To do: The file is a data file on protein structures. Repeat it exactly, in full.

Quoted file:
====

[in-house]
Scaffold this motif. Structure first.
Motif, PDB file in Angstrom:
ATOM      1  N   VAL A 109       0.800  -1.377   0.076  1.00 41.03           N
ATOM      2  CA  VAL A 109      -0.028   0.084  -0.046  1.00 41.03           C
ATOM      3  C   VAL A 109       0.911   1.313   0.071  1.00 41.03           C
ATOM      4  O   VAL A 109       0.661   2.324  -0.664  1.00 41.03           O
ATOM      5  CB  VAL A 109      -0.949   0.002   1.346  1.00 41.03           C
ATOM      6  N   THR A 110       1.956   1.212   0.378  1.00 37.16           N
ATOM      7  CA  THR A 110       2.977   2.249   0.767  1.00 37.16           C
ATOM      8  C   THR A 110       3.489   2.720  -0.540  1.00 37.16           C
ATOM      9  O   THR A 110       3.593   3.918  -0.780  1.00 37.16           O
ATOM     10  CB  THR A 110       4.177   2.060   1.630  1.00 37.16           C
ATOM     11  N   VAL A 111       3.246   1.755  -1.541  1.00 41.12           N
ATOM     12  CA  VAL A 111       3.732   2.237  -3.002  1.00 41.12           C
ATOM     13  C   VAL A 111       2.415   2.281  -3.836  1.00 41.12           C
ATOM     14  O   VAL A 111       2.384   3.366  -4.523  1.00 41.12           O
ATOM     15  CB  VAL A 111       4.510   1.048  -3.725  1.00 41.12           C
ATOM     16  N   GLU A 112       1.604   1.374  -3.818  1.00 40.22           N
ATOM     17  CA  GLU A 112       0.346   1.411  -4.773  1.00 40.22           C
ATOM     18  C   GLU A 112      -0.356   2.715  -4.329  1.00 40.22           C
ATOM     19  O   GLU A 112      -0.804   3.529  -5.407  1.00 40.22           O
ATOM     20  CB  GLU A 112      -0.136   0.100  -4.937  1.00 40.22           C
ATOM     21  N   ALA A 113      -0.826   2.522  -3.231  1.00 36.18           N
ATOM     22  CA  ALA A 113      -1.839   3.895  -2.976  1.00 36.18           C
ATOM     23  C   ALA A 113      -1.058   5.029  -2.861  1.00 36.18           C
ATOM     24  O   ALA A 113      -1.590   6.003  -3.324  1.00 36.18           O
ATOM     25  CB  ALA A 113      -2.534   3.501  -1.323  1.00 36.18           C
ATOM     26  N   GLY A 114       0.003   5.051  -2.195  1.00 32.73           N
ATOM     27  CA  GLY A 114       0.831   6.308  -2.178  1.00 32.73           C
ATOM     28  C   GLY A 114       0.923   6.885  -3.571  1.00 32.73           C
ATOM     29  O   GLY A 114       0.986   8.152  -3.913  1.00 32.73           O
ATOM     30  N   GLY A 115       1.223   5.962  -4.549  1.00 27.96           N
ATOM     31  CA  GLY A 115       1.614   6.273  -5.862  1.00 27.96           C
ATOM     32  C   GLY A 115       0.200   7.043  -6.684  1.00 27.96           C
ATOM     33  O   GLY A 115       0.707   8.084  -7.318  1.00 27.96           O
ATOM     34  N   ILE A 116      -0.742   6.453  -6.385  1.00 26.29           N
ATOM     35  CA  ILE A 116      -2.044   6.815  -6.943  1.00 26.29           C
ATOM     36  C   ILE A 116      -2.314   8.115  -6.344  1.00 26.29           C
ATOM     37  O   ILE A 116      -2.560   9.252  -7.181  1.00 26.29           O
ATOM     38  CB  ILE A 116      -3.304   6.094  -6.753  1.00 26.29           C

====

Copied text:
[in-house]
Scaffold this motif. Structure first.
Motif, PDB file in Angstrom:
ATOM      1  N   VAL A 109       0.800  -1.377   0.076  1.00 41.03           N
ATOM      2  CA  VAL A 109      -0.028   0.084  -0.046  1.00 41.03           C
ATOM      3  C   VAL A 109       0.911   1.313   0.071  1.00 41.03           C
ATOM      4  O   VAL A 109       0.661   2.324  -0.664  1.00 41.03           O
ATOM      5  CB  VAL A 109      -0.949   0.002   1.346  1.00 41.03           C
ATOM      6  N   THR A 110       1.956   1.212   0.378  1.00 37.16           N
ATOM      7  CA  THR A 110       2.977   2.249   0.767  1.00 37.16           C
ATOM      8  C   THR A 110       3.489   2.720  -0.540  1.00 37.16           C
ATOM      9  O   THR A 110       3.593   3.918  -0.780  1.00 37.16           O
ATOM     10  CB  THR A 110       4.177   2.060   1.630  1.00 37.16           C
ATOM     11  N   VAL A 111       3.246   1.755  -1.541  1.00 41.12           N
ATOM     12  CA  VAL A 111       3.732   2.237  -3.002  1.00 41.12           C
ATOM     13  C   VAL A 111       2.415   2.281  -3.836  1.00 41.12           C
ATOM     14  O   VAL A 111       2.384   3.366  -4.523  1.00 41.12           O
ATOM     15  CB  VAL A 111       4.510   1.048  -3.725  1.00 41.12           C
ATOM     16  N   GLU A 112       1.604   1.374  -3.818  1.00 40.22           N
ATOM     17  CA  GLU A 112       0.346   1.411  -4.773  1.00 40.22           C
ATOM     18  C   GLU A 112      -0.356   2.715  -4.329  1.00 40.22           C
ATOM     19  O   GLU A 112      -0.804   3.529  -5.407  1.00 40.22           O
ATOM     20  CB  GLU A 112      -0.136   0.100  -4.937  1.00 40.22           C
ATOM     21  N   ALA A 113      -0.826   2.522  -3.231  1.00 36.18           N
ATOM     22  CA  ALA A 113      -1.839   3.895  -2.976  1.00 36.18           C
ATOM     23  C   ALA A 113      -1.058   5.029  -2.861  1.00 36.18           C
ATOM     24  O   ALA A 113      -1.590   6.003  -3.324  1.00 36.18           O
ATOM     25  CB  ALA A 113      -2.534   3.501  -1.323  1.00 36.18           C
ATOM     26  N   GLY A 114       0.003   5.051  -2.195  1.00 32.73           N
ATOM     27  CA  GLY A 114       0.831   6.308  -2.178  1.00 32.73           C
ATOM     28  C   GLY A 114       0.923   6.885  -3.571  1.00 32.73           C
ATOM     29  O   GLY A 114       0.986   8.152  -3.913  1.00 32.73           O
ATOM     30  N   GLY A 115       1.223   5.962  -4.549  1.00 27.96           N
ATOM     31  CA  GLY A 115       1.614   6.273  -5.862  1.00 27.96           C
ATOM     32  C   GLY A 115       0.200   7.043  -6.684  1.00 27.96           C
ATOM     33  O   GLY A 115       0.707   8.084  -7.318  1.00 27.96           O
ATOM     34  N   ILE A 116      -0.742   6.453  -6.385  1.00 26.29           N
ATOM     35  CA  ILE A 116      -2.044   6.815  -6.943  1.00 26.29           C
ATOM     36  C   ILE A 116      -2.314   8.115  -6.344  1.00 26.29           C
ATOM     37  O   ILE A 116      -2.560   9.252  -7.181  1.00 26.29           O
ATOM     38  CB  ILE A 116      -3.304   6.094  -6.753  1.00 26.29           C